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Thoughts of unforgiveness aren’t good for us.  They affect us like water in our car’s gas tank – we don’t run right.  And those we won’t forgive can be affected too.

The health-giving effects of forgiving have been well documented, to the point of becoming common knowledge.  Back in 2004, a Harvard Medical School publication summed up:

“Researchers found that mentally nursing a grudge puts your body through the same strains as a major stressful event…a link between forgiving someone for a betrayal and improvements in blood pressure and heart rate…those converting anger to compassion felt less pain and anxiety than those who received regular care.”  (See also 11/23/11 report by the Mayo Clinic staff)

And that’s just about the body.  Of course forgiveness can heal relationships and bring more peace and happiness.

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What stops you from being healthy?

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TV news anchors announced that a higher percentage of Minnesotans watched the Olympics’ opening weekend than in any other US state.  From our warm living room, with yet another sub zero night outside, my wife and I helped create that statistic.  It was inspiring, as we saw people break free of limits — sometimes in ways they’d never even tried before.  My Texas colleague, Keith Wommack, tells us how barrier breaking can also apply to our health.  Here’s Keith…

Will World-class competition and the medaling of champions keep you watching the 2014 Winter Olympics? Or will you watch in anticipation of barriers and limitations being shattered?

When it comes to breakthroughs and victories, though, you don’t just have to witness Shaun White pull off a Double McTwist 1260 (a snowboarding feat), you too can be an achiever, a champion.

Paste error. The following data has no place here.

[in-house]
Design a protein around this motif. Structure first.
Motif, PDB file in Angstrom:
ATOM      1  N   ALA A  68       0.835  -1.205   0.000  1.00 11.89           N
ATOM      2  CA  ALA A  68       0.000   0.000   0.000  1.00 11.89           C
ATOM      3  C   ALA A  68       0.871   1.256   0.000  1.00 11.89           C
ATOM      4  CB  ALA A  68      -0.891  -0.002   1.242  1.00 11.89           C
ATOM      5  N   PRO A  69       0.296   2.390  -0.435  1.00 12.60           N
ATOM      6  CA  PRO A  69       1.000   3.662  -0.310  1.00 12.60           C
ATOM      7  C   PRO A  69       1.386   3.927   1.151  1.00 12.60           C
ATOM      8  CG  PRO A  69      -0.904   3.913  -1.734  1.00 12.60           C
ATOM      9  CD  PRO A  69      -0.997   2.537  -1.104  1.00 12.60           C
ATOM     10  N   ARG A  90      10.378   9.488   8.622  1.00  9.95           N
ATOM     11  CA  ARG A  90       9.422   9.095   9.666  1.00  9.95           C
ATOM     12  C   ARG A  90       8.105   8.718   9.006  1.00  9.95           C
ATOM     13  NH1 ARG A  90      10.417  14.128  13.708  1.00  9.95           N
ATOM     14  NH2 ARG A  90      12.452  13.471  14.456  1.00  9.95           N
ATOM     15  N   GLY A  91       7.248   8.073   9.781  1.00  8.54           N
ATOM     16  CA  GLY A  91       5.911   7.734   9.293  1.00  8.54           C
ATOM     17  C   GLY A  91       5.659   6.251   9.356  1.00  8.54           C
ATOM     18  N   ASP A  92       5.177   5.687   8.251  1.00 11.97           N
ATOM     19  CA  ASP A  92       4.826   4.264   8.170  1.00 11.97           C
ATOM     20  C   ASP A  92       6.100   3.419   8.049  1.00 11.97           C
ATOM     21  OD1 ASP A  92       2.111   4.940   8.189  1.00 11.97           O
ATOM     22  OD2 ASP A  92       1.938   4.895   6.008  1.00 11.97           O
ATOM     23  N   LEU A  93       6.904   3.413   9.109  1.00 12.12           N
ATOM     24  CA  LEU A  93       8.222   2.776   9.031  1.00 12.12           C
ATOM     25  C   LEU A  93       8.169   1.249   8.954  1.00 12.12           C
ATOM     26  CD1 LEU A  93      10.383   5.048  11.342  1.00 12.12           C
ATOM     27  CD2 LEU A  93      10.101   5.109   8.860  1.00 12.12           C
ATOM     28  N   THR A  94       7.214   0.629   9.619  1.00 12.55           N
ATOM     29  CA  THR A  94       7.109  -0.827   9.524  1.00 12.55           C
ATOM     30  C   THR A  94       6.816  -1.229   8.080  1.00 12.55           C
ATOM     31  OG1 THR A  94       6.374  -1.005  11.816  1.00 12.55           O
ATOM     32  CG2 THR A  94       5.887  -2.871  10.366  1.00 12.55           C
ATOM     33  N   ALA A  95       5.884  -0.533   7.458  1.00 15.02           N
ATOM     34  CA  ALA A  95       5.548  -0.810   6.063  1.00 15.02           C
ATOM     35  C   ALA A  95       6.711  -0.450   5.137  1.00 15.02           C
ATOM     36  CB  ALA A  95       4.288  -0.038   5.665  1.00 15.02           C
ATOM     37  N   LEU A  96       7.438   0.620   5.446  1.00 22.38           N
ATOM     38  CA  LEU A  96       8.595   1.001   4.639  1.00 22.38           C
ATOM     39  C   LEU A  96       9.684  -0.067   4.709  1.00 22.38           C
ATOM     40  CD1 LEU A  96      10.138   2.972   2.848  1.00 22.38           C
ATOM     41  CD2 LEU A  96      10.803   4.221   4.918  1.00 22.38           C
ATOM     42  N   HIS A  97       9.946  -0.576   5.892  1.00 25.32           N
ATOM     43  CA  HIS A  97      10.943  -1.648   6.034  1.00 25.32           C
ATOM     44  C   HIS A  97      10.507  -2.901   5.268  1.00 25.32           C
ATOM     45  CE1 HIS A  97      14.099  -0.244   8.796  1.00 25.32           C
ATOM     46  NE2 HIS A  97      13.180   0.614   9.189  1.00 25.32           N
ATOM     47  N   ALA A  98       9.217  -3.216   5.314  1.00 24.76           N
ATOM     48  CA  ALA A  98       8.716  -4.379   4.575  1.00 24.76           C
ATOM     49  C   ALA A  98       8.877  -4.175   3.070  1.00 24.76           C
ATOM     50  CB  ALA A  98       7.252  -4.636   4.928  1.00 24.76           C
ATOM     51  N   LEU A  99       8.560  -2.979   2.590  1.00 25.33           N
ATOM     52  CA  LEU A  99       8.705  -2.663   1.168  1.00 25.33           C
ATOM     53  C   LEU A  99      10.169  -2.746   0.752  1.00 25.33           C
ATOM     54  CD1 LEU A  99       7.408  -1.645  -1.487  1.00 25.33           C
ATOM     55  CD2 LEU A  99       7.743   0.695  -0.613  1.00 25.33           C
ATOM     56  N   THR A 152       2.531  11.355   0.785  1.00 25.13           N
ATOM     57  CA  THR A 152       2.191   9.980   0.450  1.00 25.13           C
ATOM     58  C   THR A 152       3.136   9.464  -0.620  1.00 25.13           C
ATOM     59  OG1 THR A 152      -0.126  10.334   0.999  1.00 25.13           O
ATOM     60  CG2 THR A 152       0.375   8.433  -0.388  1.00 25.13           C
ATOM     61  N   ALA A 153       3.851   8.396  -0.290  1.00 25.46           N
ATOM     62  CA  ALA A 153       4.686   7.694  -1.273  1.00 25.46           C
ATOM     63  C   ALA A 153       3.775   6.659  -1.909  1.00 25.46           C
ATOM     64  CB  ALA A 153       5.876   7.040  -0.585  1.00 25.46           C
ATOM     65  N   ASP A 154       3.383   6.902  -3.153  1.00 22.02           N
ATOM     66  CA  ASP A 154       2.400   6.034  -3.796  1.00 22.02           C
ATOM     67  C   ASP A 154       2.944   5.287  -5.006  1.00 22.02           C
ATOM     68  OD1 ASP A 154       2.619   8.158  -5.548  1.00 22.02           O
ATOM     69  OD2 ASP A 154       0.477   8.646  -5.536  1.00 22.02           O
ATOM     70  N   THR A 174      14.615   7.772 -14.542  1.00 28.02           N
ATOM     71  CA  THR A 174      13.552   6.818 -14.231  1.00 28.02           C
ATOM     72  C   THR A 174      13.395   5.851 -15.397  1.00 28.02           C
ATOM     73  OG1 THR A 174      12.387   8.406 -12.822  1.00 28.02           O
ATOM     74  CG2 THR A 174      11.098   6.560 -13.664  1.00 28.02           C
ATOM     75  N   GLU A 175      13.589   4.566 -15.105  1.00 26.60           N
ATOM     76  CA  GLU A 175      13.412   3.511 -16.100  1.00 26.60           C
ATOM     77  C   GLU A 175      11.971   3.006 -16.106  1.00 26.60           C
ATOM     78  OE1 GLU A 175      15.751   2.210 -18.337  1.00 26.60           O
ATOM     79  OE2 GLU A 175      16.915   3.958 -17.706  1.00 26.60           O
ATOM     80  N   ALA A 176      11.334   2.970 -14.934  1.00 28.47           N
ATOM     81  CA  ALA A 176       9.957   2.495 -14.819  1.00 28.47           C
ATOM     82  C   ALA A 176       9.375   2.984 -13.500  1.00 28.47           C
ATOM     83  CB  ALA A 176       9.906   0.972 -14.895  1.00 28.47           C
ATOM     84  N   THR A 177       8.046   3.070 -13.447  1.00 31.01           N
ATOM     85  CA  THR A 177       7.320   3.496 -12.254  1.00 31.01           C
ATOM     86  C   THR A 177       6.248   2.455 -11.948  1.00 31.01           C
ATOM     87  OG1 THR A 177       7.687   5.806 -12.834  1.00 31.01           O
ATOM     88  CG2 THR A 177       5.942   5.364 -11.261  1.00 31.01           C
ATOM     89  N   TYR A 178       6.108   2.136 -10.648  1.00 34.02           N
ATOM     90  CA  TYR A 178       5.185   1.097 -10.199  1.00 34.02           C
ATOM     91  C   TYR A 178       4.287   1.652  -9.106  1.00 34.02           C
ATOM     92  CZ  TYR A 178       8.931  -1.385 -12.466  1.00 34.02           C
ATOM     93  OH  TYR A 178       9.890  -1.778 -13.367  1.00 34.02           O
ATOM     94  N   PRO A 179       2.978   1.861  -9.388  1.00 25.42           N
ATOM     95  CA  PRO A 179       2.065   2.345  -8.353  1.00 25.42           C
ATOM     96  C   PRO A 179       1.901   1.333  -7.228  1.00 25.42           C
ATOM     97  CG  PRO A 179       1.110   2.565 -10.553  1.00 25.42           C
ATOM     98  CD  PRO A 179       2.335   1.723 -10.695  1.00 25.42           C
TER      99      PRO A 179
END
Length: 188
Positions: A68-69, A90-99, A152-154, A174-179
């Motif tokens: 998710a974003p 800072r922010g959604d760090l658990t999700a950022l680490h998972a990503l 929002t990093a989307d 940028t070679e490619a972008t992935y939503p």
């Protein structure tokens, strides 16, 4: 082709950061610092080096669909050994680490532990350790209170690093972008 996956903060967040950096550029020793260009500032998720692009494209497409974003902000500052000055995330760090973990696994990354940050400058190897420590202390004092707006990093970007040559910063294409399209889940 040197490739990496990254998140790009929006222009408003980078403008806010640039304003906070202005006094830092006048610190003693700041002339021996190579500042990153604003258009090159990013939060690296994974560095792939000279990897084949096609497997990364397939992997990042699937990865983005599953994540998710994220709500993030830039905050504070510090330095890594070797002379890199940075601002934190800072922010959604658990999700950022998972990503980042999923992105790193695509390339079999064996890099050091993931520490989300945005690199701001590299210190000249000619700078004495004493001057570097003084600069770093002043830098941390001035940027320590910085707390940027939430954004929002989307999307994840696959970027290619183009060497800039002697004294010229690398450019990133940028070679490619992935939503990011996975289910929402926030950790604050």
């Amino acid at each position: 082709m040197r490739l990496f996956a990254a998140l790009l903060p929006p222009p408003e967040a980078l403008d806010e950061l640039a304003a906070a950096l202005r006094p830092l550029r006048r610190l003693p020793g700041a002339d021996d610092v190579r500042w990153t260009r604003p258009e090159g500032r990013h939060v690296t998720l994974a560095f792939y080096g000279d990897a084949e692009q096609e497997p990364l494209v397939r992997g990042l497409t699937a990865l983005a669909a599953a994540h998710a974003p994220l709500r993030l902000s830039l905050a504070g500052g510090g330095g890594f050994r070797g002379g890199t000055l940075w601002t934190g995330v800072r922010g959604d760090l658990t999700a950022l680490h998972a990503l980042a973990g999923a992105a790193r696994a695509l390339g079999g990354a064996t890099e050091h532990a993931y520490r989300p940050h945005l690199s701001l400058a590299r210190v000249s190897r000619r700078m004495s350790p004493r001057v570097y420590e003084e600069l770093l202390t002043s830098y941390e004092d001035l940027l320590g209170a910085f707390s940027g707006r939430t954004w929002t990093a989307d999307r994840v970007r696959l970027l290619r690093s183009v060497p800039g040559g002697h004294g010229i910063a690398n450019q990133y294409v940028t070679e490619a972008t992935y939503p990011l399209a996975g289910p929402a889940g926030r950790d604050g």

Yes, your victories may start out smaller than Sochi gold, but in the long run, they may actually be more beneficial to you.

While practicing the guitar and learning languages, I’ve noticed a phenomenon that might help explain how you can shatter limiting expectations.

In order to master a guitar riff or learn a phrase, I sometimes struggle for days or weeks with no progress. Then, out of the blue, I experience a breakthrough. One minute I can’t, and then the next, I can. What couldn’t be done before now seems natural, as if I’d always had the know-how.

How does this happen? Well, I’m learning that each of us has conscious control over our experience; I was simply failing to recognize and use it.

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Bonnie Horrigan: Health Care Transformer

shapeimage_2“I was aghast at how mechanical health care was.  The person was being bypassed.  It was as if people were cars – you know, you go in and fix the brakes or replace the oil.  I knew that people were much more than machines,” says Bonnie Horrigan, describing to me what drew her to become a pioneer publisher for the now burgeoning field of integrative medicine.

Horrigan is an enlightener, educating and encouraging the public and those in health care to see that health is about more than just bodily components.

She came to that realization after publishing reports and papers for The American Association of Critical Care Nurses.  Those nurses, on the front lines of caring for people, gave her a grant to start one of the first integrative medical journals:  Alternative Therapies in Health and Medicine, which she co-founded in 1995 with Dr. Larry Dossey and Dr. Jeanne Achterberg.

Anyone interested in a “mind-body-spirit” approach to health owes Bonnie Horrigan a huge debt of gratitude that this concept is now accepted in today’s health conversation.